In 1991, I was visiting a good friend of mine, Tom Clark, in California and I went to my first ever craft beer festival (there were five beers pouring and I was in heaven). At the festival Tom told me that we could brew our own beer! What? We both got Charlie Papazian’s Joy of Homebrewing and that started that. There was limited information and even less availability of ingredients back then. I bought my supplies from a guy who sold out of his garage in Nazareth PA. He insisted on hand milling everything which took forever, but he would give you a beer while you waited and it was worth it.

Vulcan JohnI brewed monthly and really enjoyed the hobby. I was pursuing a career in music at the time (while printing during the day) and home brewing was a great way to have some fun and get some great beer. Back then there wasn’t a great deal of good beer to be found, you had to make it yourself.

After 12 years in the Poconos, I decided to make a career change.

I moved to Brooklyn in February 2001 with my girlfriend Carla to pursue a career in post production audio for film and television. I went to school for this and ended up joining a film group called The Shallow Wastebin Project. It was in this group that I met my future business partner Douglas Amport.

Douglas is from Wisconsin and went to school for theater. When I met him he was working as a video producer. Around this time, I got a part time night job as a post production sound editor (still printing during the day). A bunch of us from the film group became fast friends and started to do projects outside the group.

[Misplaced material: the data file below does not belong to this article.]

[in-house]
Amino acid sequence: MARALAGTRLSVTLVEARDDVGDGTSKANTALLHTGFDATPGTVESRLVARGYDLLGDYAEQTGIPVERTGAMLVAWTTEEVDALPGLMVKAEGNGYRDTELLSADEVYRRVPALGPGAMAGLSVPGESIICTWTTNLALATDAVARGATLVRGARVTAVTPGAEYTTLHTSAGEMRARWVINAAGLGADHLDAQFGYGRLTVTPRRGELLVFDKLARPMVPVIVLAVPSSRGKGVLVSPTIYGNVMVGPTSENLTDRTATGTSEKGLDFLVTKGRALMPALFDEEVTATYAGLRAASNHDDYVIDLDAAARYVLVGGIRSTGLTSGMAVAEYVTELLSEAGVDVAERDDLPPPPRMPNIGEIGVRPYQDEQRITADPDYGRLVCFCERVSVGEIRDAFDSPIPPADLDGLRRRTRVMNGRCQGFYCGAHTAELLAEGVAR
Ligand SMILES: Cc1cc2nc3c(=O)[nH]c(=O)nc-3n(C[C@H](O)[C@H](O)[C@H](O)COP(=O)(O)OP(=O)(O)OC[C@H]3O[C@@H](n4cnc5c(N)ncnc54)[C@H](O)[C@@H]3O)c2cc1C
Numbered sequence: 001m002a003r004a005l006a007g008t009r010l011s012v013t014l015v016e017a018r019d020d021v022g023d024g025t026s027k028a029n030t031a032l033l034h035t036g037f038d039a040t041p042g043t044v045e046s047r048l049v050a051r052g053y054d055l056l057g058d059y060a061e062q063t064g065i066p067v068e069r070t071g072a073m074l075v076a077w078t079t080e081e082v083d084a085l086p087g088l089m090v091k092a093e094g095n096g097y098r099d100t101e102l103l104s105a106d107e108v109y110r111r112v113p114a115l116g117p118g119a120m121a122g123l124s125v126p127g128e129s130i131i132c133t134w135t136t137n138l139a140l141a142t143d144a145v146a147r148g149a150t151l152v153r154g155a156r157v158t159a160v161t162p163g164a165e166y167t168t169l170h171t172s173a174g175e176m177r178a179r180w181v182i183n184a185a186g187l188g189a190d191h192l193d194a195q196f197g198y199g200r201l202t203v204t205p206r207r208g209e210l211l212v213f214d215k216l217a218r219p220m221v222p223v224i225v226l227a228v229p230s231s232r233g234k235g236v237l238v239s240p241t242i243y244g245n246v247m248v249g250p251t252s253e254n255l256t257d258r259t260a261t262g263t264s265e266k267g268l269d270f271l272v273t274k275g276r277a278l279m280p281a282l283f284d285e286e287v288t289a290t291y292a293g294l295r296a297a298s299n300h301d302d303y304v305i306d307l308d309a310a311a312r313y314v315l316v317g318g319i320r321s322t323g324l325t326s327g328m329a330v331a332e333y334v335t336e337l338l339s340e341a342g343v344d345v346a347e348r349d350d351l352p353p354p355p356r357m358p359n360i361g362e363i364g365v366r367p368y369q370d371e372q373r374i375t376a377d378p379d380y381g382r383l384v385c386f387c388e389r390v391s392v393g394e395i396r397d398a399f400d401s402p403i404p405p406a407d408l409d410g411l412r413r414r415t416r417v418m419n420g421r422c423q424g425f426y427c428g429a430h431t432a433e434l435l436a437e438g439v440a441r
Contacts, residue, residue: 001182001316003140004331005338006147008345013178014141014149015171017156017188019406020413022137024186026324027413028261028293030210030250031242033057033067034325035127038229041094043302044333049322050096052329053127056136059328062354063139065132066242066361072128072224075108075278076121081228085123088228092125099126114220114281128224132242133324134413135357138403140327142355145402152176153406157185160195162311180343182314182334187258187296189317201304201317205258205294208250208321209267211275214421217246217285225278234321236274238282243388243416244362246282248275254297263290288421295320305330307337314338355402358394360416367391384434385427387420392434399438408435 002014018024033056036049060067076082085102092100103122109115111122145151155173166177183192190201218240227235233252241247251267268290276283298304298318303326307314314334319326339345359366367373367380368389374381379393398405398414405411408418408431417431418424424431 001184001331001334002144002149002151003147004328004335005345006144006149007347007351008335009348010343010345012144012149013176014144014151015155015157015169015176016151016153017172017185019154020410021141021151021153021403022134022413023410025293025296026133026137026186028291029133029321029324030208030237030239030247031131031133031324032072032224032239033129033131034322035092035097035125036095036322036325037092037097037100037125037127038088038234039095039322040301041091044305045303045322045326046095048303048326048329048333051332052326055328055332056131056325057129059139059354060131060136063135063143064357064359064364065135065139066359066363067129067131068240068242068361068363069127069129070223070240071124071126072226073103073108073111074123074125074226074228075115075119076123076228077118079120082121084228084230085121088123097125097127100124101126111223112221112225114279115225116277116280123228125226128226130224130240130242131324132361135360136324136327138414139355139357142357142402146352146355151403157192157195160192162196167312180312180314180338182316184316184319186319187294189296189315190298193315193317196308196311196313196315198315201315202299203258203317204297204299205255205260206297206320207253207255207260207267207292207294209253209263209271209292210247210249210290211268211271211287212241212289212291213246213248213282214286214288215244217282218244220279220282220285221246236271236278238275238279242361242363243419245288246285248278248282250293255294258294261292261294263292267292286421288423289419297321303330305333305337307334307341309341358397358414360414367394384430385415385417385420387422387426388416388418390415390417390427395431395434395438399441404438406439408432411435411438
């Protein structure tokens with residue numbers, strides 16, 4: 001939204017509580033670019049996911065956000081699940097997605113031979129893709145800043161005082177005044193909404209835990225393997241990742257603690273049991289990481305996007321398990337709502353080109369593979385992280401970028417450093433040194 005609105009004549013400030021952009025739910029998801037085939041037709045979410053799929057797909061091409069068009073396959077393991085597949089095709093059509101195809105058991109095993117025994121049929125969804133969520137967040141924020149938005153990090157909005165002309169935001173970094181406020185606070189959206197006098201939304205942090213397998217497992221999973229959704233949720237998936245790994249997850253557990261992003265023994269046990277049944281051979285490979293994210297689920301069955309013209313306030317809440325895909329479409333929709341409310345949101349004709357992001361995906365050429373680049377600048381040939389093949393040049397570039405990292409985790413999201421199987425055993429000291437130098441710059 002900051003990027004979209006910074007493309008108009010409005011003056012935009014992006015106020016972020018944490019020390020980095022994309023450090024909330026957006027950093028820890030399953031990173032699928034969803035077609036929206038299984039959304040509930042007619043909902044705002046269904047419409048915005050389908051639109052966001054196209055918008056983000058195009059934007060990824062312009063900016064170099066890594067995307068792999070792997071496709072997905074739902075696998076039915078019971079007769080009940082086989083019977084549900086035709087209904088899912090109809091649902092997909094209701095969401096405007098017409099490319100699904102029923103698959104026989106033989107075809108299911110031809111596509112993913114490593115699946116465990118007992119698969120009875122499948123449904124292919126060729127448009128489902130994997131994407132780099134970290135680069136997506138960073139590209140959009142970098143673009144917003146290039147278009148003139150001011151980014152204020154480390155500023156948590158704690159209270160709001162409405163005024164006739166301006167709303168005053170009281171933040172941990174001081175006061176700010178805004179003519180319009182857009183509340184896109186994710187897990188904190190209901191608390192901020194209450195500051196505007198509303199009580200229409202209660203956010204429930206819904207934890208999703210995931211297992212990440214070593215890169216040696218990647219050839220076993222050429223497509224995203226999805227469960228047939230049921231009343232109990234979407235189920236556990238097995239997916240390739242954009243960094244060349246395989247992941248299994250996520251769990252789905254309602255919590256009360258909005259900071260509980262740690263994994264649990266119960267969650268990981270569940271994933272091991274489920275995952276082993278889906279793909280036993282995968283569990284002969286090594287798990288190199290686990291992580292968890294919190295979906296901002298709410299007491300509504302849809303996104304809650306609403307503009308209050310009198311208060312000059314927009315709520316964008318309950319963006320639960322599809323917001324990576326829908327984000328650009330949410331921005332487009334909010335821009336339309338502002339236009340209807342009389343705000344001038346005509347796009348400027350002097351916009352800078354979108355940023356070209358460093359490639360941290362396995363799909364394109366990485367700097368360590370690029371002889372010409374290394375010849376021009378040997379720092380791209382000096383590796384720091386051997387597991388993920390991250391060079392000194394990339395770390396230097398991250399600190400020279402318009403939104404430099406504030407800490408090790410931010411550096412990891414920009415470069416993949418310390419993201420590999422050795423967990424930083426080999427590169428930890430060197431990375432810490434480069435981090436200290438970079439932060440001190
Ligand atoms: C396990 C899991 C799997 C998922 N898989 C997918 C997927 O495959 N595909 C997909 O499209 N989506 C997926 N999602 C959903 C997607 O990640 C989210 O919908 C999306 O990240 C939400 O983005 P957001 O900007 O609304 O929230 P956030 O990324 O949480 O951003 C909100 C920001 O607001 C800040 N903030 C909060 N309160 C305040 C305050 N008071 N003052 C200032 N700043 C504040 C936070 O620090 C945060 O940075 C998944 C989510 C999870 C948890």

One of these projects was a band called Soy Dracula, the world’s greatest vegetarian vampire punk rock opera. I played the lead (in full vampire costume) and Douglas was one of our videographers. We also produced a monthly punk rock show called Grind My Gears at the Pyramid club on Avenue A. Douglas played bass in a band at this time called Pile of Kittens. They played Grind My Gears every month. I produced their album. Both bands have records on Spotify, check’em out!

Doug BottlingAll the while, Douglas and I were still brewing beer and our friends loved it. We discovered that we worked well together and we also had a great group of friends that have always been above and beyond supportive.

I ended up quitting film because my brain couldn’t take it anymore! So I was still printing…
One day in September of 2010, at the Atlantic Antic festival in Brooklyn, Douglas and I were drinking some beers and he turned to me and said let’s open a home brew shop. I loved brewing beer, Douglas was great at making things happen, so I said sure. The idea was to be a well stocked shop with great educational aspects in the form of classes and customer service. I also wanted the store to be a Brew on Premises. My brother had been to one in California and it sounded like a lot of fun.